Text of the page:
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DD 976 Merrill
"Spirit of '76"

The USS Merrill (DD 976) was decommissioned on Mrch 26, 1998. The coat of arms of USS Merrill serves as a heraldic remembrance of the ship's namesake, Vice Adm. Aaron S. Merrill. The colors blue and gold are the traditional colors of the United States Navy, and the red, white, and blue, our national colors, allude to the ship's motto, "Spirit of '76".

The crest composed of waves, refers to the Distinguished Service Medal, awarded to Admiral Merrill for his service in the Solomons Campaign. The anchor and waves symbolize his expertise in surface seamanship and demonstrated knowledge of warfare tactics; the waves further refer to the Admiral's eight major sea battle: covering force for the capture of Russell Island, bombardment of Vila-Stanhope Air Field on Kolombangara Island and Munda Air Field, New Georgia Campaign, Treasury Island, Bougainville Island,covering forces for the Green Island occupation and Emirau Island. The anchor represents loyalty and naval leadership, together with the crescent moon, an emblem of the night, refer to the sobriquet, "The Navy's Nightfighter".

The five-pointed star signifying command, is flanked by two six-pointed stars, whose total of twelve poiints symbolize Admiral Merrill's command of Cruiser-Destroyer Division 12 and simulate his successful flanking strategy. The three stars together refer to the Third Fleet, within which his Division operated, and in addition indicate his highest rank achieved.

The arrow, symbol of leadership and martial readiness, also alludes to the Natchez Indians who were native to Mississippi, and connotes Admiral Merrill's distinction of being the first Commanding Officer of the new battleship INDIANA upon her commissioning in 1942.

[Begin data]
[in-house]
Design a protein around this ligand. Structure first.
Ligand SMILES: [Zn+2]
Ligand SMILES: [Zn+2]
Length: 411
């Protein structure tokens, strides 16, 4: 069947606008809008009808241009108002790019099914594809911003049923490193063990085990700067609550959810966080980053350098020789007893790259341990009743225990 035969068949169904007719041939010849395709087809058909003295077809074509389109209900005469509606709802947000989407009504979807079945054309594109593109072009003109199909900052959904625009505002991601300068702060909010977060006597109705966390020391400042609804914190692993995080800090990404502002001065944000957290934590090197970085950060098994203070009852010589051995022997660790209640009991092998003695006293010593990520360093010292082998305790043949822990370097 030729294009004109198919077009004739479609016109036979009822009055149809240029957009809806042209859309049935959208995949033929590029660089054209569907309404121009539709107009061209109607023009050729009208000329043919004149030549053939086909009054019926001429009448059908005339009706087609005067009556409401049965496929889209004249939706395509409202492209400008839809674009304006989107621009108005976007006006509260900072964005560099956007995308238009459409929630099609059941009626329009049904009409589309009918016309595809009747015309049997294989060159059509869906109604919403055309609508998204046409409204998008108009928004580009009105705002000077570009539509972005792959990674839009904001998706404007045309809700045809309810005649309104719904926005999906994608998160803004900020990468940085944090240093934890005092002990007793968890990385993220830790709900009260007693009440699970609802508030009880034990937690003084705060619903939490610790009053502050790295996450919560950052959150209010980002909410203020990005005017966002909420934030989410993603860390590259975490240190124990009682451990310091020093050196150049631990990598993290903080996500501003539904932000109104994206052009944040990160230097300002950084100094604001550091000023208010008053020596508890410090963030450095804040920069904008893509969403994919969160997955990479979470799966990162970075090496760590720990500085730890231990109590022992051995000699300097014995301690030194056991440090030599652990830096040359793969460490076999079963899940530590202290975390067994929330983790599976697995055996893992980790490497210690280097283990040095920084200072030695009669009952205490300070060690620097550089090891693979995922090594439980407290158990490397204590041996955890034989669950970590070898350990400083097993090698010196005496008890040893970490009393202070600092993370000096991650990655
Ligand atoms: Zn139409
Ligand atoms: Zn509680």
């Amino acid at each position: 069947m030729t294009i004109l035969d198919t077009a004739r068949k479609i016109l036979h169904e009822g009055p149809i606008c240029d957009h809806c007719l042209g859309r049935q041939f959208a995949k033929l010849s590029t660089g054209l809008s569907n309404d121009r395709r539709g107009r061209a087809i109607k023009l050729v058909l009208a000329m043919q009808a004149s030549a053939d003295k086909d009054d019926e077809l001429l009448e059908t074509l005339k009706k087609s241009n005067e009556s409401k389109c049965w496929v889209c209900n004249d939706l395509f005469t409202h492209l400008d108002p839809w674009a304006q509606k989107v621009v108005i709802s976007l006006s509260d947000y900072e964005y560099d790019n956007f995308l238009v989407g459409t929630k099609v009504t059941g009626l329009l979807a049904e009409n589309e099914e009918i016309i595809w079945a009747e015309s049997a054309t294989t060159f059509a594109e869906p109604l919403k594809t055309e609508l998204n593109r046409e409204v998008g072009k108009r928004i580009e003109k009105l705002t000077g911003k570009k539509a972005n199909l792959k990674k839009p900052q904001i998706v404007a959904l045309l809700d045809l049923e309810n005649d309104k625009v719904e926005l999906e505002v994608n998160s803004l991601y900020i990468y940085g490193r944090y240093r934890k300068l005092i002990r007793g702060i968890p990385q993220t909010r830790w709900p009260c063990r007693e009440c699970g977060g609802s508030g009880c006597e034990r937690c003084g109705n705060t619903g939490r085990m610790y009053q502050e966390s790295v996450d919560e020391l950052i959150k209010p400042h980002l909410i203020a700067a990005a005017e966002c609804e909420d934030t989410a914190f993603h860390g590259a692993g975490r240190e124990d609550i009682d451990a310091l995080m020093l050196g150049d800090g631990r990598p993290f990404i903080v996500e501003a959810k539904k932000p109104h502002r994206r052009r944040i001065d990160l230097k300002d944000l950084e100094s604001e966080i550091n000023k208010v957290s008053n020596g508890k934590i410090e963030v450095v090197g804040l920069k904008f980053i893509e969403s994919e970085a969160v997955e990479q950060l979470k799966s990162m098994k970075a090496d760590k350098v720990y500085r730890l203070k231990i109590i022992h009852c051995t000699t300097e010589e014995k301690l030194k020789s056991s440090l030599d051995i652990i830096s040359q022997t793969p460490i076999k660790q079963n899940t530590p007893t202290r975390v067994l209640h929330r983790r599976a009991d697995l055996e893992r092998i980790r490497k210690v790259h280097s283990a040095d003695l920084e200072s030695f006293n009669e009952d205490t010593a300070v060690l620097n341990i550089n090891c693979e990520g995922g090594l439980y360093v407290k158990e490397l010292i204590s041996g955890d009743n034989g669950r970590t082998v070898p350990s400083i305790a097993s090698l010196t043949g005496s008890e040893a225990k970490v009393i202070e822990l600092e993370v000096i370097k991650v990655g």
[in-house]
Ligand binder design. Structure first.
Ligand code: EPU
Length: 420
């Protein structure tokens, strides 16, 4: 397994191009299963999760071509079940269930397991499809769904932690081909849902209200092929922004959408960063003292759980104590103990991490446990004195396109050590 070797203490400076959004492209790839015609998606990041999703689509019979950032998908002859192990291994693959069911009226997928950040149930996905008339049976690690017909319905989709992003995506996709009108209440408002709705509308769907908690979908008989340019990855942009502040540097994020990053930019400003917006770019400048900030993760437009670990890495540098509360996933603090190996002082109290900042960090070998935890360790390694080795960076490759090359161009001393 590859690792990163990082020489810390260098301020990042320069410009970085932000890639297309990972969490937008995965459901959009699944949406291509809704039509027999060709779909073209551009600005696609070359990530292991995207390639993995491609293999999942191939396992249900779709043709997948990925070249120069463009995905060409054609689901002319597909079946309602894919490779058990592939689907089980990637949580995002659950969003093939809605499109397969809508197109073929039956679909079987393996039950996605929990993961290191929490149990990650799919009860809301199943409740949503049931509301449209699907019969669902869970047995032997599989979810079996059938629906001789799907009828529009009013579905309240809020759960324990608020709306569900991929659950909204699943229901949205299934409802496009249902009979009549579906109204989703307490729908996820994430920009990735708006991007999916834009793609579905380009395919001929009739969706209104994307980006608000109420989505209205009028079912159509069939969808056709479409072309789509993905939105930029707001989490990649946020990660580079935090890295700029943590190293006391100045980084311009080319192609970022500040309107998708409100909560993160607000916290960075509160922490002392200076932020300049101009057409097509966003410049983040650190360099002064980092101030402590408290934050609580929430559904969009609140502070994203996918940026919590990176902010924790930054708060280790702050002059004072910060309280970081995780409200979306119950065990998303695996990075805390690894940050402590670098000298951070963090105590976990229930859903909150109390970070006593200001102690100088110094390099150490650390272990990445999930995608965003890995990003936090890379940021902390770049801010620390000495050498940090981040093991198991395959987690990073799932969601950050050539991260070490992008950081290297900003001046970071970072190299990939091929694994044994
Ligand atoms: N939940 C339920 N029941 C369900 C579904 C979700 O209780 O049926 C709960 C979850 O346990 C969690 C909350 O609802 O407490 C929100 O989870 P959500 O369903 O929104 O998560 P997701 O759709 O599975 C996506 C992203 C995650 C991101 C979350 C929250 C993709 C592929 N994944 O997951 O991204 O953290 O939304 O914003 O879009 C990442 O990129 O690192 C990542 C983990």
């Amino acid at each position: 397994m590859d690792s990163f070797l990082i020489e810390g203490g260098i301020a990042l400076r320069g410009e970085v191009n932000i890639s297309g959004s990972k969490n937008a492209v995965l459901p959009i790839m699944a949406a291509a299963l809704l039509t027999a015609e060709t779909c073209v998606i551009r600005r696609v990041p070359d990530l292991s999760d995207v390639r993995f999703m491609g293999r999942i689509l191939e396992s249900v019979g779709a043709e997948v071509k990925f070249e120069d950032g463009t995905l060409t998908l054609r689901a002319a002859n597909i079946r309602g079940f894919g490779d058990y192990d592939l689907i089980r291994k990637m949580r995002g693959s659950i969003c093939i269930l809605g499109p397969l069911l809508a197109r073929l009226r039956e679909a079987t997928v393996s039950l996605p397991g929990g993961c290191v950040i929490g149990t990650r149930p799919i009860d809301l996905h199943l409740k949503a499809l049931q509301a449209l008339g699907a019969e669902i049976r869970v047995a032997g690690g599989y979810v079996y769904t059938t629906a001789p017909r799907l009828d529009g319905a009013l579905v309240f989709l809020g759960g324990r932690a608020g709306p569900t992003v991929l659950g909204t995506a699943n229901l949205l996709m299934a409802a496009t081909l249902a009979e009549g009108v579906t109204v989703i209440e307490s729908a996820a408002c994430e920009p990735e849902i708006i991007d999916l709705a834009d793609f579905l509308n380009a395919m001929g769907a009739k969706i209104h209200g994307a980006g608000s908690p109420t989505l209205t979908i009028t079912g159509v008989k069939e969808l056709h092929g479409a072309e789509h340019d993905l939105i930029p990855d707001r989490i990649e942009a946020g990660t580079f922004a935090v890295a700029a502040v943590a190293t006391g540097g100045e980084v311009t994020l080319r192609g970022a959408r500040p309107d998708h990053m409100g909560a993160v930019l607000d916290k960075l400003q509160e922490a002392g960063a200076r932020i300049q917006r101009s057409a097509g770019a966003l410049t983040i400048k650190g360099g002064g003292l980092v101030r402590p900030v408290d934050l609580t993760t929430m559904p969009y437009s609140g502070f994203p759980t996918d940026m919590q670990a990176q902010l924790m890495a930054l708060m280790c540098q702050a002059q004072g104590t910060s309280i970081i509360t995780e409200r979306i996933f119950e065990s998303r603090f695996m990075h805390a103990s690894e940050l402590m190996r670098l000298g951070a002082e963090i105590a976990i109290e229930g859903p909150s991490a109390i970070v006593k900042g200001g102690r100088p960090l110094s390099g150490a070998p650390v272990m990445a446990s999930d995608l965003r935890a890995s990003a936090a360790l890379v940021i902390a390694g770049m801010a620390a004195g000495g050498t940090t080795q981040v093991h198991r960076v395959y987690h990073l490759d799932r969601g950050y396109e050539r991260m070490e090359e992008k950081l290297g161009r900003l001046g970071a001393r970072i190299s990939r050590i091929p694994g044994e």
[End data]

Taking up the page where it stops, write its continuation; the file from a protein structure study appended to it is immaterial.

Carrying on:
The ship's motto, "Spirit of '76", couples the year of Merrill's christening with her hull number and the nation's bicentennial. In addition, this expression aptly summarizes characteristics which made Admiral Merrill one of the Navy's greatest leaders...courage, decisiveness, and dedication.

The USS Merrill (DD 976) was built by Ingalls Shipbuilding, West Bank, Pascagoula, MS. Her keel was laid on June 16, 1975. Launched on September 1, 1976, she was commissioned on March 11, 1978.

The USS Merrill deployed in 1995 as part of the Abraham Lincoln (CVN 72) Battle Group. During the first half of the deployment, the battle group conducted a variety of multinational operations and exercises designed to support U.S. interests and relationships in the Pacific and Indian Oceans, and the Arabian Gulf. The battle group maintained a continuous watch on all merchant shipping going to and from Iraq. Numerous ships were queried and boarded to verify their cargo manifests.

In July 1995, as part of a reorganization of the Pacific Fleet's surface ships into six core battle groups and eight destroyer squadrons, the USS Merrill was reassigned to Destroyer Squadron 7. Thereorganization was scheduled to be completed by October 1, with homeport changes to be completed within the following year.